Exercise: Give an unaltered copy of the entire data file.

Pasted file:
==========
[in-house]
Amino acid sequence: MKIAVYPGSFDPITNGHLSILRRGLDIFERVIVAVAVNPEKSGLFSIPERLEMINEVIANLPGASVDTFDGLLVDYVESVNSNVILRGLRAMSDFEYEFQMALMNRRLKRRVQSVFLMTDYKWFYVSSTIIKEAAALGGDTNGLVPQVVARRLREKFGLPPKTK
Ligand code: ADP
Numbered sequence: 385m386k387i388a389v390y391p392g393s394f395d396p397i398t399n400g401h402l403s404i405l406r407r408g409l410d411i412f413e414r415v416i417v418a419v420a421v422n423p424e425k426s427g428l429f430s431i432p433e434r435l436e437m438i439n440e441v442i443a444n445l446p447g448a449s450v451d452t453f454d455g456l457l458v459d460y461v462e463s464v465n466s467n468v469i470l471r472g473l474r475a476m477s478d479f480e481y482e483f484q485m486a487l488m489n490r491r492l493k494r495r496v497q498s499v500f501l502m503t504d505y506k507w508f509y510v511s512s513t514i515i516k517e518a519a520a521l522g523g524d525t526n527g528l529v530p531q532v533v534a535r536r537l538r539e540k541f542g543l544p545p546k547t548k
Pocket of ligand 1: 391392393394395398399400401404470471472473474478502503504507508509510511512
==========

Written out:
[in-house]
Amino acid sequence: MKIAVYPGSFDPITNGHLSILRRGLDIFERVIVAVAVNPEKSGLFSIPERLEMINEVIANLPGASVDTFDGLLVDYVESVNSNVILRGLRAMSDFEYEFQMALMNRRLKRRVQSVFLMTDYKWFYVSSTIIKEAAALGGDTNGLVPQVVARRLREKFGLPPKTK
Ligand code: ADP
Numbered sequence: 385m386k387i388a389v390y391p392g393s394f395d396p397i398t399n400g401h402l403s404i405l406r407r408g409l410d411i412f413e414r415v416i417v418a419v420a421v422n423p424e425k426s427g428l429f430s431i432p433e434r435l436e437m438i439n440e441v442i443a444n445l446p447g448a449s450v451d452t453f454d455g456l457l458v459d460y461v462e463s464v465n466s467n468v469i470l471r472g473l474r475a476m477s478d479f480e481y482e483f484q485m486a487l488m489n490r491r492l493k494r495r496v497q498s499v500f501l502m503t504d505y506k507w508f509y510v511s512s513t514i515i516k517e518a519a520a521l522g523g524d525t526n527g528l529v530p531q532v533v534a535r536r537l538r539e540k541f542g543l544p545p546k547t548k
Pocket of ligand 1: 391392393394395398399400401404470471472473474478502503504507508509510511512